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Lucas Oil Ocean Cup team sets Golden Gate to Queen Mary record

by Barbara Biers on 18 Oct 2013
Lucas Oil Ocean Cup team in their 48’ APISA endurance boat Barbara Biers
The Lucas Oil Ocean Cup team in their 48’ APISA endurance boat left the Golden Gate behind them at just past 8:30 a.m. on October 12. They crossed the Queen Mary finish line just after sunset to establish a world record for the Golden Gate to Queen Mary endurance run at 9 hours, 50 minutes and 51 seconds. The American Power Boat Association (APBA) sanctions this world record, as well as the Union Internationale Motonautique (UIM), which is the world’s recognizing body.

'Mission accomplished,' said Nigel Hook, captain of teammates Andy Hindley, Dan MacNamara, and Lance Ware. 'The Pacific was vicious today, which isn’t unexpected, but the real impediment was the water in the diesel fuel which forced us to stop many times.' Andy Hindley was quoted as saying, 'There were more knocks and bangs during this 10-hour day trip than there were during the 52-day leg during the Round the World race.'

Excerpt from Hook's captain log: Our morning started at 5 a.m. in an apartment overlooking Alcatraz and the Golden Gate Bridge.

As we left for the docks, the team was pumped up by the morning’s peacefulness. The tree leaves were very still, unlike the blustery day before. It seemed as though the tail end of the storm had indeed passed, just as had been predicted by the long-range weather forecast … the calm after the storm. But we encountered just the opposite on the water during the run to Long Beach.

We had moored both the 48’ APISA and the start boat, the 43’ Willard Interceptor, at St. Francis Yacht Club. APBA Officials, Frank Bunducci and Gloria Crim, arrived early to inspect the boat and sign off on safety gear. Sean Gunn, the dedicated cinematographer from Lucas Oil Productions who was filming for MAVTV, attached a barrage of GoPro cameras and began doing his interviews. After topping off the fuel tanks, my team checked in with the Coast Guard, who were nearby in a 60’ vessel and also overhead in a helicopter. All was ready, so we motored into the bay and hit the Golden Gate startling line just after 8:30 a.m.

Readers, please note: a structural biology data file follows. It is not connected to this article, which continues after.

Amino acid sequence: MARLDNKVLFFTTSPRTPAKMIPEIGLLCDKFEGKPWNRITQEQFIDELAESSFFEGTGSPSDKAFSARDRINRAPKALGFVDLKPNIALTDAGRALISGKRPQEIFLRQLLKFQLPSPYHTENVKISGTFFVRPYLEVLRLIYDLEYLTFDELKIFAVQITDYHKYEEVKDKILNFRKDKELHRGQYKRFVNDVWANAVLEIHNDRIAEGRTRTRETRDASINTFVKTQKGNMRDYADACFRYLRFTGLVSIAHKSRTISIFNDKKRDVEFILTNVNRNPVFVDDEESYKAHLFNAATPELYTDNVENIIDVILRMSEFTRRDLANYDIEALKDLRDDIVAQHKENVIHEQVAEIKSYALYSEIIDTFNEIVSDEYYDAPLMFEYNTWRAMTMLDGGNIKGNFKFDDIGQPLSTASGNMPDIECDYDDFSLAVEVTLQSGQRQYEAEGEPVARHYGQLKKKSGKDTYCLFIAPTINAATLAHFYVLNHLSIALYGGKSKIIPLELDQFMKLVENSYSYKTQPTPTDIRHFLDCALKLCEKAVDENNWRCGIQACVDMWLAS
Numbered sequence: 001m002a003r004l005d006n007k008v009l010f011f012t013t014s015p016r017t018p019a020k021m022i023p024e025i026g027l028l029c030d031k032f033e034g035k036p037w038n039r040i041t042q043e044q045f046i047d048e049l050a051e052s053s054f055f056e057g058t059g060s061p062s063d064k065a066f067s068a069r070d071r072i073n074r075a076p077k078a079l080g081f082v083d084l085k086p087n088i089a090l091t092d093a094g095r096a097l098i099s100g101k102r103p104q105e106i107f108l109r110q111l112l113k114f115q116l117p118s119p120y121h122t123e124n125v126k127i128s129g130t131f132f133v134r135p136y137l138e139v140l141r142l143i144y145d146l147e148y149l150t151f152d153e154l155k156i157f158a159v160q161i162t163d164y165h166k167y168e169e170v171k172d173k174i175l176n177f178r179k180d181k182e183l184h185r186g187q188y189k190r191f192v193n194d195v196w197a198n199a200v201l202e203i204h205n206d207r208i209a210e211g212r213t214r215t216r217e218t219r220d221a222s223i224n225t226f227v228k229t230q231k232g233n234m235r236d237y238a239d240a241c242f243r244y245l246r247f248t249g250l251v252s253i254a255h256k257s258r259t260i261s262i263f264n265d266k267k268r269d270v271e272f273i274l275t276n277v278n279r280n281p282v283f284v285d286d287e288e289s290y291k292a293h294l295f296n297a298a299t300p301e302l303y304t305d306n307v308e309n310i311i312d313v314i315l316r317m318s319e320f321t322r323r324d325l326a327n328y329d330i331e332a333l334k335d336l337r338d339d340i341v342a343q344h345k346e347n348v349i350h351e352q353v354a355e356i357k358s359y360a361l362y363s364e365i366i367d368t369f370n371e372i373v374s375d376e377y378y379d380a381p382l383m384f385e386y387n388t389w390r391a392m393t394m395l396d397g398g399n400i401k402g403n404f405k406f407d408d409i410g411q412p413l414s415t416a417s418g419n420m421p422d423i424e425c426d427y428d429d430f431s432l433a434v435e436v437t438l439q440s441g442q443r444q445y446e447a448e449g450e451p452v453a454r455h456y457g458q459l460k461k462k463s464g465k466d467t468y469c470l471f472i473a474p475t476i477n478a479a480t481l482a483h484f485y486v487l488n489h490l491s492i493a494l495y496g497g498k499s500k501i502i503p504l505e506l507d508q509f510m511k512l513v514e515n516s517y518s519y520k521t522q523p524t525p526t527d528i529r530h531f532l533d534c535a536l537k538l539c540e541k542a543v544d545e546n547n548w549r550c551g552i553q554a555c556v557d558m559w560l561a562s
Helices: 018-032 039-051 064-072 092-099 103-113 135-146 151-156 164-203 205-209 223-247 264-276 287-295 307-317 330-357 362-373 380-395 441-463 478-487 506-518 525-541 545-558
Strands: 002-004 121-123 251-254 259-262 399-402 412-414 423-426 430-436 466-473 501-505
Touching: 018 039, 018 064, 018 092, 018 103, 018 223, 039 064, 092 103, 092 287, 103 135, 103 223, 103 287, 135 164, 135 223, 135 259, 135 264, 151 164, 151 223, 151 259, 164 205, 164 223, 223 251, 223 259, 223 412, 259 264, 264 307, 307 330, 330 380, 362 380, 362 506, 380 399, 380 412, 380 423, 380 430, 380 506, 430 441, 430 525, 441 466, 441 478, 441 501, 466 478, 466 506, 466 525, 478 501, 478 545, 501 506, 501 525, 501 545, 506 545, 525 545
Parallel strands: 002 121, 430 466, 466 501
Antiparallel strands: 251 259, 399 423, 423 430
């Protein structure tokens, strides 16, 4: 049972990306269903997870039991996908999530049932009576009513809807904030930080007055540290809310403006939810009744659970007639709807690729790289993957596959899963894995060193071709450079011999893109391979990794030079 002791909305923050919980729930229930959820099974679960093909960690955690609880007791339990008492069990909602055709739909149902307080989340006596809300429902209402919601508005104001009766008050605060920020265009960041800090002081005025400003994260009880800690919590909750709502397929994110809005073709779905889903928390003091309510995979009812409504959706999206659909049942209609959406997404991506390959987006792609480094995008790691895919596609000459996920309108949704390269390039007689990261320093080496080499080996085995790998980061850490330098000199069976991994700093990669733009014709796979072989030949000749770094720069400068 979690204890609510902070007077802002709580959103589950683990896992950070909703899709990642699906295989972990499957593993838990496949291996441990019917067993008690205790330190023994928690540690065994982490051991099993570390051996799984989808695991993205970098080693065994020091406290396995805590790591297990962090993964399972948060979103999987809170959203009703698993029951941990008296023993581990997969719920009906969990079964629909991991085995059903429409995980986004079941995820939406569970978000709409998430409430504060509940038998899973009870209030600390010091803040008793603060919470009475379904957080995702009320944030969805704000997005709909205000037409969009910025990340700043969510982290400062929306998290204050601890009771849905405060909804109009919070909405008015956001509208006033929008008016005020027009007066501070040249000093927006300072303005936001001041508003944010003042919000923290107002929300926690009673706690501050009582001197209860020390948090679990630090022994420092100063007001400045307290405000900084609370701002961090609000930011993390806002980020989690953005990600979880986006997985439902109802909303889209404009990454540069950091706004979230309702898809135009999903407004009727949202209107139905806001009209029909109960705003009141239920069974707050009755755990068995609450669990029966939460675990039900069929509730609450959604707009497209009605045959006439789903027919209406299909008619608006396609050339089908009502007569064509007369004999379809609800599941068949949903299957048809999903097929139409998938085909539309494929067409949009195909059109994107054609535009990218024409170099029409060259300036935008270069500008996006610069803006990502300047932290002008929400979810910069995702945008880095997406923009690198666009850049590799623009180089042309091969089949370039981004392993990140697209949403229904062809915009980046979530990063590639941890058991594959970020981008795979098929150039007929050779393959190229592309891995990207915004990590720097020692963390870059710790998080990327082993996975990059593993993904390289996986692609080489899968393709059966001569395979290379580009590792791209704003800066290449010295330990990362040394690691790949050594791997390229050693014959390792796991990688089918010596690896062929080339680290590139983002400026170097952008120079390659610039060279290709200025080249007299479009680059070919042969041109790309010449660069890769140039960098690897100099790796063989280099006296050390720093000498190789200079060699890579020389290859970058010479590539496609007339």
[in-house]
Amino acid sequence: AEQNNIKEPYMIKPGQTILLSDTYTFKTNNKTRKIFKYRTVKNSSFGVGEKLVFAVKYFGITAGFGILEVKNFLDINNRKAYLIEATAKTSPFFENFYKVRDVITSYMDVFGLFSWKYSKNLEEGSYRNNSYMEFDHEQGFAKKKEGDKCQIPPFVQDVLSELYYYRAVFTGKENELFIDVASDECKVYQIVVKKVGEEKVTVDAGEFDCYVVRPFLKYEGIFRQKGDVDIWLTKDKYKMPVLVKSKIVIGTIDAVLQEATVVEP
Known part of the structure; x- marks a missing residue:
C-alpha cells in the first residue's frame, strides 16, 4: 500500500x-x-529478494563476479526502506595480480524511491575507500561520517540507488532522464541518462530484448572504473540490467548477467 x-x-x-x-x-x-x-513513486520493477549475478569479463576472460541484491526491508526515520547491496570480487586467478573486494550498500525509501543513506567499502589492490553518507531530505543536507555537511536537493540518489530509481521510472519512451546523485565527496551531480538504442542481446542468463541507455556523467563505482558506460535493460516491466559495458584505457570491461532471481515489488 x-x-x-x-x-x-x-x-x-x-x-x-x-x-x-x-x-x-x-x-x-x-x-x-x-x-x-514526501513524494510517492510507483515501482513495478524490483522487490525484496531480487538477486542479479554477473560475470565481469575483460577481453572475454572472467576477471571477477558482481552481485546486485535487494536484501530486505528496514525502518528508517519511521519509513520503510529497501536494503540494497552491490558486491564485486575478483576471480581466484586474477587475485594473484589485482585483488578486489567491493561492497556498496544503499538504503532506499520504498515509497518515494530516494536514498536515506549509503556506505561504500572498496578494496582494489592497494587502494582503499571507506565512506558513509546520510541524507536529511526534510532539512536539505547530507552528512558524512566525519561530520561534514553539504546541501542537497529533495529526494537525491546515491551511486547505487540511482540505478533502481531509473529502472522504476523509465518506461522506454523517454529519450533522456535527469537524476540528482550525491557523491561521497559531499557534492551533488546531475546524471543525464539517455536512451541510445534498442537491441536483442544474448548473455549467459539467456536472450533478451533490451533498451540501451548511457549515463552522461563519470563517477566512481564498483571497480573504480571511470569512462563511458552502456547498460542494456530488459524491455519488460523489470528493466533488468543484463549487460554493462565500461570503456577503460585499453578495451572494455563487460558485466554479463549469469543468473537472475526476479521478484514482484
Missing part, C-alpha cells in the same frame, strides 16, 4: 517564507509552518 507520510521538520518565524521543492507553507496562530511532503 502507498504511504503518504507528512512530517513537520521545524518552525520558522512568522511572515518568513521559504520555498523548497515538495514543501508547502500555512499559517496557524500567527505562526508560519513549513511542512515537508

Normally the bad sea conditions worsen as you round Point Conception, but we were relieved to find relative calm, well, at least down to six foot waves and welcome wind reduction. With damage to the cockpit liner and a minor cracked bulkhead, we nursed forward in cruise mode, until off Malibu we encountered more water in the fuel. We finally managed to sort the water issue, then Dan took back over, and we chased the daylight at top speed with the Queen Mary in our crosshairs.

From Lance: 'Despite the especially challenging seas that would have destroyed many a lesser boat, we carried to the finish with confidence. Post inspection of the boat showed minimal damage other than the windshield, a few cosmetic cracks, a minor structural stress crack in the rear bulkhead – a true testament to the Larry Smith design and build quality. I couldn’t have asked for a better team – their spirits never faltered. We invite others to challenge the record in the same sea Lucas Oil Ocean APBA website

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